For the following hundred years or so, clubs remained the purview of the elite as discreet, no-questions-asked venues for socialising, pursuing leisure interests, exchanging gossip, and wining and dining. As the elite aged and the 'gentleman' was replaced by the 'businessman', many private member's clubs became relics of a distant age and struggled to remain relevant. That all changed in the mid-1990s when, just as Ian Schrager reinvented what a hotel could look like, Nick Jones turned the club world in London on its head with the introduction of Soho House. Over the subsequent two decades Soho House has spawned and inspired a thriving industry sector of member's clubs that are in tune with the lifestyle zeitgeist of the times. Think boutique hotel design, rooftop pools, award-winning mixologists, yoga classes, converted historic building, celebrity chefs and guest speakers opining mindfulness, cryptocurrency and coding. If proof were needed that the member's club has been fully reinvigorated and accepted by the consumer market, Soho House, which began life specifically targeting the arts and media worlds and taking delight in rebuffing those from financial services, opened its biggest site, The Ned, in 2017 bang opposite London's financial heart, the Bank of England.The member's club has become a global phenomenon in recent years with a proliferation of trendy clubs opening in key cities in the United States as well as established clubs launching outposts in European capitals and gateway Asian markets. The concept however has evolved from those 19th century days of a club being a townhouse with dining room, room, library, billiards room and a handful of bedrooms upstairs. Over the years many clubs have increased and upgraded their accommodation component, in particular in a bid to compete with hotels and offer their members even more reason to remain in-house. Similarly, where feasible, clubs have begun expanding their leisure facilities to include gyms and swimming pools.The club concept is also having to adapt itself to the wants and needs of its membership base. Clubs are no longer homes-away-from-home or simply places for leisure and relaxation. Increasingly today, they are places in which to conduct work and professional networking. Indeed, in this high-tech era of mobile working, many business people are eschewing fixed office space in favour of working remotely from their club on their laptop and phone. We are beginning to see the worlds of member's clubs and co-working spaces collide. A number of member's clubs are now creating dedicated workspace for their members with full connectivity and business services. Similarly, co-working groups, many of which operate on a membership model, such as Fora in London and The Great Room and Kafnu in Asia, are designing spaces and amenities with a strong social focus and 'clubby' environment.Hotels are also entering the private club game, recognising the additional revenue stream that a membership base can provide. Creating a member's club as a private sanctuary within a larger hospitality offering can convey a perception of exclusivity and desirability, which positively translates to increased brand equity for the property as a whole. A membership base also helps reduce the hotel owner's fretting about distribution and looking for guests to fill as many beds as possible every night, as well as helping to drive increased F&B business from a captive audience. Concepts such as Gansevoort's The Curtain in London have shown how a hotel can cater to both traditional hotel guests and fee-paying members within the same building, through the provision of an active membership events programme, co-working space and dynamic F&B offering.Some hoteliers are going even further and starting to dabble with the wholesale conversion of hotels into private membership clubs. This idea is potentially well suited to the small, independent, luxury hotel sector in which properties often command strong, long-term guest loyalty and repeat customers. The annual membership model lessens management's fixation on occupancy and rate, allows for much more predictable staffing and purchasing patterns, and gives a solid foundation of income. For the right product the conversion of a guest from a paying-by-the-night customer into an annual fee-paying member is a purchase decision driven as much by emotional as financial reasons.As the divide between pleasure time and work time has eroded, so too have the distinctions between what constitutes a member's club, a co-working space and a hotel. Expect to see these lines blur ever more over the coming years as property owners seek more and more ways to maximise the revenue potential of every square inch. The membership model continues to hold appeal, and the question facing club operators will be whether this remains a proposition best suited to the top end of the market or if it can be stretched to become more accessible to a broader audience in the future.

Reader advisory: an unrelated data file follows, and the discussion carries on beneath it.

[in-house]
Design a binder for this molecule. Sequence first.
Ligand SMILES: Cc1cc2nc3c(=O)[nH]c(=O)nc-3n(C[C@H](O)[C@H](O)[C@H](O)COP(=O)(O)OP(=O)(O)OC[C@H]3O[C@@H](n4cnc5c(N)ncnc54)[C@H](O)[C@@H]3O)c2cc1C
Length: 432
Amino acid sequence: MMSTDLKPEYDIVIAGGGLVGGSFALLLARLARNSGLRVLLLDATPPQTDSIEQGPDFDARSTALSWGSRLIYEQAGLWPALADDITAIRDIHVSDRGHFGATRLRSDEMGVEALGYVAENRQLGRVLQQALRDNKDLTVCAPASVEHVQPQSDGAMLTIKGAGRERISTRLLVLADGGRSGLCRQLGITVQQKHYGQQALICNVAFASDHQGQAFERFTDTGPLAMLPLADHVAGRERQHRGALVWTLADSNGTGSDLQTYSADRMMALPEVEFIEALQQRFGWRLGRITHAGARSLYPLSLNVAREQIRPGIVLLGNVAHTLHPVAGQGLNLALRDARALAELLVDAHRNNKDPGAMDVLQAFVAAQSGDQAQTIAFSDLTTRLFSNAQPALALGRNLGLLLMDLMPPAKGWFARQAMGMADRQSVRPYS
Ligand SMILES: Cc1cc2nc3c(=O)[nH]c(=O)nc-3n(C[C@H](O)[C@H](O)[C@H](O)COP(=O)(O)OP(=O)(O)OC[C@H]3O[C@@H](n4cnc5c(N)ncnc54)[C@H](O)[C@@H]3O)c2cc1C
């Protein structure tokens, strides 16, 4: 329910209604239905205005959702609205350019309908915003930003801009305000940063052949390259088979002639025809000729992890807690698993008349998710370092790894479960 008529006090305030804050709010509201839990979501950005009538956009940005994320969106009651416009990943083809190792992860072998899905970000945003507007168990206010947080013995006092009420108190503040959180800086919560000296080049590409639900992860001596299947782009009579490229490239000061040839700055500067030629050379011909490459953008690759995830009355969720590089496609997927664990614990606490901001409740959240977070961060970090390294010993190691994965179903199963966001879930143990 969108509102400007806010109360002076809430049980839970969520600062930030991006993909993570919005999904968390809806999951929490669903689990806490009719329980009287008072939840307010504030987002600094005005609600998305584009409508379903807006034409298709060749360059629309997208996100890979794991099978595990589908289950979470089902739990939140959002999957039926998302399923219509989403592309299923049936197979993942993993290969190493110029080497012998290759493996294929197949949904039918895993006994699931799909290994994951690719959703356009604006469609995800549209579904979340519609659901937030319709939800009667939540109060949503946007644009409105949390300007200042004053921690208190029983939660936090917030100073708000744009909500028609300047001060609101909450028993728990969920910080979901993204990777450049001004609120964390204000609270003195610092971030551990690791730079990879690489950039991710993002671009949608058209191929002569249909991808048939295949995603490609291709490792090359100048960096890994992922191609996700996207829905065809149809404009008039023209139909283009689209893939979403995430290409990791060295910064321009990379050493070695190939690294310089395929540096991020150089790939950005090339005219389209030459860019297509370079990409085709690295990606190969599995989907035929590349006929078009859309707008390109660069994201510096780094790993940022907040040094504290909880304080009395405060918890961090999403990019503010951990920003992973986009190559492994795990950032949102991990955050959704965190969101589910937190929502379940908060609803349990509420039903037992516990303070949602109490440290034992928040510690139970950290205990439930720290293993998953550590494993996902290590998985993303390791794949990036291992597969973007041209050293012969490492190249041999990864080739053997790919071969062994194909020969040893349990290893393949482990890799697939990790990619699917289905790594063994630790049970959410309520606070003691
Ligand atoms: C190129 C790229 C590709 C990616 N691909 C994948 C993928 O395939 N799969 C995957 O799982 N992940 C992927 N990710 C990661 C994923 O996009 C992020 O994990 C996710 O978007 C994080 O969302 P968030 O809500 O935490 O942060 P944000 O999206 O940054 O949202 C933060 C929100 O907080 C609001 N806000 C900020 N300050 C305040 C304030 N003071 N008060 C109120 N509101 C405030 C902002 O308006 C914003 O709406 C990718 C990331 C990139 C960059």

C-Suite Miniseries: The Hospitality CMO - A Global Profile Of The Evolving Role

AETHOS Consulting Group · 6 February 2019